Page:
Cupping coffee is the best way to evaluate coffee—from evaluating green coffee to making purchase decisions as a roaster to evaluating coffee you are brewing at home. I collaborated with coffee expert and author, Scott Rao, to create a guide documenting how to cup coffee that is free to download.
Download the free “How to Cup Coffee” guide
How to Cup Coffee
- 6-7 120-200mL cups or glasses
- 1 kettle for hot water
- 1 burr grinder
- 1 Digital scale with 0.1g resolution
- 1 timer
- 1 notebook or paper to take notes
- 2 spoons ideally with a deep bowl
- 60-70 grams coffee beans divided into 10g portions
- Boil water: Boil water of good quality for coffee brewing.
- Prep bowls: Choose a set of bowls of 120ml- 200ml capacity.
- Grind coffee: Grind medium-fine, usually just a bit finer than for pour over.
- Add coffee: Add 10g of coffee to each bowl. Begin timer.
- Add water: Add 170g of water into cup; water should be 30-60s off boil.
- Break crust: At 4:00, break crust with back of spoon & take notes on aroma.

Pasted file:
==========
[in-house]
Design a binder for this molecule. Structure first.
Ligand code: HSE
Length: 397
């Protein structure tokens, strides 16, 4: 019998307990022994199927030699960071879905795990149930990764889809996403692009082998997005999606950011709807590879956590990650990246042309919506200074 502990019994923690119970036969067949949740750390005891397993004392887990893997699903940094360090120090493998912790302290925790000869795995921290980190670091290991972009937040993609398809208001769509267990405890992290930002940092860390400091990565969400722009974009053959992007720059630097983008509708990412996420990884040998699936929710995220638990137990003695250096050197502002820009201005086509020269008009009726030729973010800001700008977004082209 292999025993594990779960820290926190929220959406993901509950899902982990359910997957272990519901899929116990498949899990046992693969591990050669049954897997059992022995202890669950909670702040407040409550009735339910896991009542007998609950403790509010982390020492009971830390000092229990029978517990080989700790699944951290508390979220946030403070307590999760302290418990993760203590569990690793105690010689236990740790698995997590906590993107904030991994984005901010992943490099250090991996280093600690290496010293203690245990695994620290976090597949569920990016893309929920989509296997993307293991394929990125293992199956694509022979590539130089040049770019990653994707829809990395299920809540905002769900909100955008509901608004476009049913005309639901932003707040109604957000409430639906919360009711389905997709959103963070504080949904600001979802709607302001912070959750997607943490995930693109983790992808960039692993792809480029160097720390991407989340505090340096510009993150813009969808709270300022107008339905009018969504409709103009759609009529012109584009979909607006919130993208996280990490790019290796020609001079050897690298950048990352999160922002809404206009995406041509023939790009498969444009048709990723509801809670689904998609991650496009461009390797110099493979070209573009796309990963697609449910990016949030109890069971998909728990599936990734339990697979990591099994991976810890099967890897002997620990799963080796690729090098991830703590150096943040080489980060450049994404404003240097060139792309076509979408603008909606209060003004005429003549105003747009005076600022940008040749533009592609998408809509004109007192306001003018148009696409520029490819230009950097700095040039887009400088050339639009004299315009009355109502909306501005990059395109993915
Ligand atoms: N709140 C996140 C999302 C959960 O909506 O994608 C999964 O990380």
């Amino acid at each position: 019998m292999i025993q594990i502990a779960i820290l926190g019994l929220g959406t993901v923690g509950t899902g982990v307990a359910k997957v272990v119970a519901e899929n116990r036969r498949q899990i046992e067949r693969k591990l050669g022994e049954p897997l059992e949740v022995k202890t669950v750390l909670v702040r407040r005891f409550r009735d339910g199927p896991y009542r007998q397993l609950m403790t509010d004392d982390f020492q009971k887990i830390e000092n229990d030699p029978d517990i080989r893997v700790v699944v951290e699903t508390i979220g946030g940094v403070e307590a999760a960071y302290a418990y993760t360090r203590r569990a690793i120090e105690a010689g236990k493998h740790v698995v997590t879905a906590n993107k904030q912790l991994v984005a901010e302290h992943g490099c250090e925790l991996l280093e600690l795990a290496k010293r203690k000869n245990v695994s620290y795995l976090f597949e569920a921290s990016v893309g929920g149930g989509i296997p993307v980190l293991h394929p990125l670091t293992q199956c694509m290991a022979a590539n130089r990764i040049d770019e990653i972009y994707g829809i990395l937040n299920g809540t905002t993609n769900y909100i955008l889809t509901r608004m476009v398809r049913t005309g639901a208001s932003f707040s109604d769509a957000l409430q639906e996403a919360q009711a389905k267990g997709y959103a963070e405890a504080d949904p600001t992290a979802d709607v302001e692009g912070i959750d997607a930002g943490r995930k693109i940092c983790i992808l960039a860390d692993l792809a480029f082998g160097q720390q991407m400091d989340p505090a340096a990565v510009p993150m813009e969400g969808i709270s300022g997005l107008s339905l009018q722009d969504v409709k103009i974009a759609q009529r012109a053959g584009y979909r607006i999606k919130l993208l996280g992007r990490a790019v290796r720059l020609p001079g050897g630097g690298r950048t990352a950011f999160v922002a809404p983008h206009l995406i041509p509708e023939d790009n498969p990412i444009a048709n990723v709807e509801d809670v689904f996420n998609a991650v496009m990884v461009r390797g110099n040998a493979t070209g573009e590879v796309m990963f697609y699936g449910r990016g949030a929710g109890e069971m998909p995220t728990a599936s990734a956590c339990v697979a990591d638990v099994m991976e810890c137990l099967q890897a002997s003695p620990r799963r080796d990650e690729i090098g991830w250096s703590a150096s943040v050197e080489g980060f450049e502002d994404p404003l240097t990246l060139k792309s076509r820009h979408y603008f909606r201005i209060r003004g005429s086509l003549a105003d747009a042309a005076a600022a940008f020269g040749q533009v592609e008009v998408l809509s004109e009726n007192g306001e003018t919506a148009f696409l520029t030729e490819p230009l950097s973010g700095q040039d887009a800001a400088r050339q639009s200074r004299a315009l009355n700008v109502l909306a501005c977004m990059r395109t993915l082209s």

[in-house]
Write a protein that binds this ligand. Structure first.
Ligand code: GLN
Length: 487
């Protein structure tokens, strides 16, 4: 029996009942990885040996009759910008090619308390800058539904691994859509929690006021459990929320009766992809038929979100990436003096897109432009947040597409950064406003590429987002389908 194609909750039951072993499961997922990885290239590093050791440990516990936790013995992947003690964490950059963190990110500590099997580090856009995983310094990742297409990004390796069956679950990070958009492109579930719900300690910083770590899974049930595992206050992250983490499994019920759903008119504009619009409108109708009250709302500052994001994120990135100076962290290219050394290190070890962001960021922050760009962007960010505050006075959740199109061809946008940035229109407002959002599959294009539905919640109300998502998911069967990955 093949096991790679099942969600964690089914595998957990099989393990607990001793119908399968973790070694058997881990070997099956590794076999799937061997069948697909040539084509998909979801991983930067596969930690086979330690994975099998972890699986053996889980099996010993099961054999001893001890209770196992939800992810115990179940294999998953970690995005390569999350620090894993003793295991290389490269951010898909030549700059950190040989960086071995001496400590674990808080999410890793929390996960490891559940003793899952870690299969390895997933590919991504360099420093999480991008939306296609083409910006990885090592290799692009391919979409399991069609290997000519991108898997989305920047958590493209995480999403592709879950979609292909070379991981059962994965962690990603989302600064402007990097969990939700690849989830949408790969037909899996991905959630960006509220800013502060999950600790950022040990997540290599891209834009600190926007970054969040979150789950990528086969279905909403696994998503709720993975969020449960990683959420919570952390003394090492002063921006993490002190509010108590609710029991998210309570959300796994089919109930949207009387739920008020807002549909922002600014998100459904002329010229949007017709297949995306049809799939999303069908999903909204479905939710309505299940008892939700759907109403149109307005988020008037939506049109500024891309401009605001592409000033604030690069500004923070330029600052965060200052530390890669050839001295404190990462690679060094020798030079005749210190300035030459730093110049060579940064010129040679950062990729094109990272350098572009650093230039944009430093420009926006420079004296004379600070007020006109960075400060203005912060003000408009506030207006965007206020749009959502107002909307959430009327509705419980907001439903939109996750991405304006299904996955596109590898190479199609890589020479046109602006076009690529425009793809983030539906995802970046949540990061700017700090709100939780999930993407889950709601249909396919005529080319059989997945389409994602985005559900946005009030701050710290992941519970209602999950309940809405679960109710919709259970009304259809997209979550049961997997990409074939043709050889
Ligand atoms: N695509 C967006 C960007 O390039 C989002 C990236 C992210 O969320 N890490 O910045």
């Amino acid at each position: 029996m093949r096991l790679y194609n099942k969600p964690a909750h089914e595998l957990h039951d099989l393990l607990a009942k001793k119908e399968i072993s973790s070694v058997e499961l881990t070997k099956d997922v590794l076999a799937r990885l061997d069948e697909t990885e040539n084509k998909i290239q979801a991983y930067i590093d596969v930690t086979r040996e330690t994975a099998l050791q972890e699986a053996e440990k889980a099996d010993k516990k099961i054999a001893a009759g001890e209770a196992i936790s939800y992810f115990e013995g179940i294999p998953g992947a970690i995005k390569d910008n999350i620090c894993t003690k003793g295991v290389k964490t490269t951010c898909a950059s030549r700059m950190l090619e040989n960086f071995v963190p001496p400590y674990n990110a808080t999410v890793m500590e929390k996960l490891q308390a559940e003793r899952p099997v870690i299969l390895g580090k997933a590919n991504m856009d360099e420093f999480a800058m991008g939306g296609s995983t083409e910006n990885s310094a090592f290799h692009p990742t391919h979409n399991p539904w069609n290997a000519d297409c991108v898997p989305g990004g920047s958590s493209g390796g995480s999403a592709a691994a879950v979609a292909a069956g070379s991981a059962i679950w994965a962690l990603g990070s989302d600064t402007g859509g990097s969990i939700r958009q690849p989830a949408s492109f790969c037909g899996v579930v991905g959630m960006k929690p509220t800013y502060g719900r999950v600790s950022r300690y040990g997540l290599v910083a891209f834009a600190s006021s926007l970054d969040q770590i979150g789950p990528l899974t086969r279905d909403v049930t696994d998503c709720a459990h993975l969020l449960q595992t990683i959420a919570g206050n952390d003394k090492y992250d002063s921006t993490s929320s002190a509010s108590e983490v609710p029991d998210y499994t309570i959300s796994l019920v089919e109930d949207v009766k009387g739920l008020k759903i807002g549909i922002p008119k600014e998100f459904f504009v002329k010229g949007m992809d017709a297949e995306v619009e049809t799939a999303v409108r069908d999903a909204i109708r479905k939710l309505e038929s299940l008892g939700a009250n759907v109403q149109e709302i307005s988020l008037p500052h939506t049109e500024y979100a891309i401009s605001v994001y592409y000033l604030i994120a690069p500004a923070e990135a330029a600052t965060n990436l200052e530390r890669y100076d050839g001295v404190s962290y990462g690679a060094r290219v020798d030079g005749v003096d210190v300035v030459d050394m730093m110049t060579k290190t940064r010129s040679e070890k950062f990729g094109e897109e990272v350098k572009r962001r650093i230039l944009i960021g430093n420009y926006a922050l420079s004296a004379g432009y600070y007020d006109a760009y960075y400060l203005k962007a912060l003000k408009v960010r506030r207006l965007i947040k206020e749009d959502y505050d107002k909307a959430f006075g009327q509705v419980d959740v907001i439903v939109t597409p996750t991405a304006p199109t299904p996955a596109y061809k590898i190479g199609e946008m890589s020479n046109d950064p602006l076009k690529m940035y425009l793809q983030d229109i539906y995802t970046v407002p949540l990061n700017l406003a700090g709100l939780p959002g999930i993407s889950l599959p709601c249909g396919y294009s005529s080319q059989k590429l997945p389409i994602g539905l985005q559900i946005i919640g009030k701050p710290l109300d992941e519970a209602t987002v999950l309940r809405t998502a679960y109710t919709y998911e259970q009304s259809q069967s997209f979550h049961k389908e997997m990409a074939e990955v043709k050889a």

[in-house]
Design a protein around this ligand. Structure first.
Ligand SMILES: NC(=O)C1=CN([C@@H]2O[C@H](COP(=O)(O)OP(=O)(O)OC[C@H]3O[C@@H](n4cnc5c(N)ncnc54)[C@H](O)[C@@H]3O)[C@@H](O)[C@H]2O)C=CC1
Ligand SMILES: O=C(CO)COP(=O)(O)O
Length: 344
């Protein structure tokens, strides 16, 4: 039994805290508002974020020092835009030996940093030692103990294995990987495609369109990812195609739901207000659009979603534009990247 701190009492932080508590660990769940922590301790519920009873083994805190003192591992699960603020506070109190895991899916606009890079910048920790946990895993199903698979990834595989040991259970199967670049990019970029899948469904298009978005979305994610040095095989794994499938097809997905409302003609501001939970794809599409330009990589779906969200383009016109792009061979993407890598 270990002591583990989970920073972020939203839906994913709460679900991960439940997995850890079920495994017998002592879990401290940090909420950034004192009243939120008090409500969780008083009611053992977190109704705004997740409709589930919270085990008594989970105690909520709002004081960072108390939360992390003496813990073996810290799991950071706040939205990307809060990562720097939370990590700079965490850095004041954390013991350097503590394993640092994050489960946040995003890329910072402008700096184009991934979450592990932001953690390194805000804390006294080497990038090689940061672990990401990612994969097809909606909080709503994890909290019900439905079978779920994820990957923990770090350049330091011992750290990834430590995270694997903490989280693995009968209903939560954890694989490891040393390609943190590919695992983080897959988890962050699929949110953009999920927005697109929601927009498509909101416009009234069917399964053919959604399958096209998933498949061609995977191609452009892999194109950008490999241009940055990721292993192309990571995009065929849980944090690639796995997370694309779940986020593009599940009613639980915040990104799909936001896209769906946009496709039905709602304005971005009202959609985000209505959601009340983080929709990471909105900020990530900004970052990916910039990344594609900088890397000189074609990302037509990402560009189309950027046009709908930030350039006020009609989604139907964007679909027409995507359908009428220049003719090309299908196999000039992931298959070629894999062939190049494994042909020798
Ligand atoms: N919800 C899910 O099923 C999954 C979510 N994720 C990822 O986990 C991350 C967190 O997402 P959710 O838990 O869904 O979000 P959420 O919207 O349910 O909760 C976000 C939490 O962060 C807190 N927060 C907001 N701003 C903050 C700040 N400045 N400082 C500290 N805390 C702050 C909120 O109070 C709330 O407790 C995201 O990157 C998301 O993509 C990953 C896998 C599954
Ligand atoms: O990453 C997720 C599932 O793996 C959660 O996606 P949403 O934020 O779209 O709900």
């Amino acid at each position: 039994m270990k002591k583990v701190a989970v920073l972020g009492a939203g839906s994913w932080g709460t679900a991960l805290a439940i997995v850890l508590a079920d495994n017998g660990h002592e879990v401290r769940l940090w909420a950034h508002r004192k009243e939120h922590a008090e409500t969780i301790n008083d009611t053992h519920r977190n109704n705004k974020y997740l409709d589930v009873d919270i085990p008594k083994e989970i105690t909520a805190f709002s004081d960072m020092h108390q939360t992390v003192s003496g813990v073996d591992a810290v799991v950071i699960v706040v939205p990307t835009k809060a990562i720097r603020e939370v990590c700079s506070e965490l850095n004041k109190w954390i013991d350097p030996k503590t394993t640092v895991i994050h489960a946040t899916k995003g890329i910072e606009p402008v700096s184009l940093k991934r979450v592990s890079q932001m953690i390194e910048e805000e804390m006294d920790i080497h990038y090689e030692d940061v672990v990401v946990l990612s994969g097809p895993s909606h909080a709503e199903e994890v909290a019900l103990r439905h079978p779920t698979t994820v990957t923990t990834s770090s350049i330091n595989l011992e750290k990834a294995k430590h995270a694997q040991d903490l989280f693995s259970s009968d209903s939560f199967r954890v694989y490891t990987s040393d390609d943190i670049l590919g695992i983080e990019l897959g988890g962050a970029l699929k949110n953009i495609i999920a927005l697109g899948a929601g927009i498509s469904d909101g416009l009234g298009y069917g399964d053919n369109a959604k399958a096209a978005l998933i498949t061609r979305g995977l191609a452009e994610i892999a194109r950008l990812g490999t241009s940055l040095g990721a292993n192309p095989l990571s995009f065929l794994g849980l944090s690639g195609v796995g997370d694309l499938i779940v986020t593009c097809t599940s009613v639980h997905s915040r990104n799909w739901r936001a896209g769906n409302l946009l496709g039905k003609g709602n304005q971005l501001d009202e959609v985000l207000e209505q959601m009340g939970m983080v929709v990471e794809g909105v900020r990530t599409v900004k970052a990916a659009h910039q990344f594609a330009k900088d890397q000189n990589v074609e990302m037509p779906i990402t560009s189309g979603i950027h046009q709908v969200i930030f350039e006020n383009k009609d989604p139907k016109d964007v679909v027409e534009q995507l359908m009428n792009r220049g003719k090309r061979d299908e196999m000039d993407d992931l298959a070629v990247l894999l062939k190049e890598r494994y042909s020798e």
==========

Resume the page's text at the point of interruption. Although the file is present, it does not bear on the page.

- Clean surface: Clean the sludge from the coffee surfaces using two spoons.
- Taste coffee: At 12:00, begin tasting the coffees, take notes & compare. Go in order slurping the coffee forcefully into your mouth so it coats your palate.
- Repeat: Taste each sample a few times as it cools. Always take notes.
- Compare: Compare notes with your cupping partners.
- Use neutral-tasting water ideally with alkalinity of 25-50 ppm.
- Shuffle the cups label the bottoms of the cups and shuffle them around before pouring the water, so that you can cup “blindly” to avoid bias.
- Stick to 6-7 coffees per cupping. Cupping more than 6-7 samples at a time can lead to “palate fatigue.” It’s better to cup in multiple flights than to attempt to cup 10-20 samples at a time.
- Don’t sweat water weight. It’s ok for the water weight to be over/under by a few grams; it’s more important that the coffee weight is precise.
- Purge the grinder. Purge the grinder with ~5 beans before grinding a new coffee, to replace retained grounds & avoid contamination with grounds from previous samples.
- Share & Listen. It’s important to both share your impressions as well as listen to those of others; there are no right answers.